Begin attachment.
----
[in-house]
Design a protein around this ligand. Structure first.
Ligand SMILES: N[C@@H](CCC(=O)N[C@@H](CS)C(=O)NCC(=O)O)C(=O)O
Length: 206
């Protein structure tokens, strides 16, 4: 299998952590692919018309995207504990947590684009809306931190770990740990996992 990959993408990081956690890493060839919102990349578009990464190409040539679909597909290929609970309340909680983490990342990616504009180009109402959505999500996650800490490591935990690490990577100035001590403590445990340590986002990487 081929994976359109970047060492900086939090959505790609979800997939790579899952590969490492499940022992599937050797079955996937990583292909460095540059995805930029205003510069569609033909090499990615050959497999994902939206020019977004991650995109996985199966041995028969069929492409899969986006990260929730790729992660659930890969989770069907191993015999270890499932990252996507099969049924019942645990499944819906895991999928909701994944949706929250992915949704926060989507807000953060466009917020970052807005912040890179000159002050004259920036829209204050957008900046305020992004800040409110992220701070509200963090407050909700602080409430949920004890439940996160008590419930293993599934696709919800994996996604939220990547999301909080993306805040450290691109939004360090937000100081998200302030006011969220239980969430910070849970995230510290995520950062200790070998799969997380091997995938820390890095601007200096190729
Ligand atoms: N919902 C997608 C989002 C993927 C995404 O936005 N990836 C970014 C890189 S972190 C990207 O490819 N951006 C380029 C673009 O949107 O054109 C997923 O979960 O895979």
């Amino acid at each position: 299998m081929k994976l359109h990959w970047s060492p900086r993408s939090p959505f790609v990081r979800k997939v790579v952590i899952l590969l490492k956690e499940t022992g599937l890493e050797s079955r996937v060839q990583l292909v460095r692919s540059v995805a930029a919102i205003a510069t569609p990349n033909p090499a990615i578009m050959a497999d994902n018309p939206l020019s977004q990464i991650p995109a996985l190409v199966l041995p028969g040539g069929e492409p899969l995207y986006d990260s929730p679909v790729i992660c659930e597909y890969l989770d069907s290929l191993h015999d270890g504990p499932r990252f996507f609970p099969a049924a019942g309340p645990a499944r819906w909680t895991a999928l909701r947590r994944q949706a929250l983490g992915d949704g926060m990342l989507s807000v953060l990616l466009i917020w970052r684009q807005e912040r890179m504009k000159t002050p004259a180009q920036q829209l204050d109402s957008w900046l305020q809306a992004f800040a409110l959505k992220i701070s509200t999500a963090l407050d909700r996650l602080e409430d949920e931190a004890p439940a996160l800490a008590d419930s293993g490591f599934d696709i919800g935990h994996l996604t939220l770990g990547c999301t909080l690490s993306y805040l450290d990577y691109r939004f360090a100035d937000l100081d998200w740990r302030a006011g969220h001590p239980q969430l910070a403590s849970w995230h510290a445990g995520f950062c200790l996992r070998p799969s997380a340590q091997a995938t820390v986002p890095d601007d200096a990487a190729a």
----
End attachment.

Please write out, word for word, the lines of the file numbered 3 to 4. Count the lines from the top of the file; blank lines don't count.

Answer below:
Ligand SMILES: N[C@@H](CCC(=O)N[C@@H](CS)C(=O)NCC(=O)O)C(=O)O
Length: 206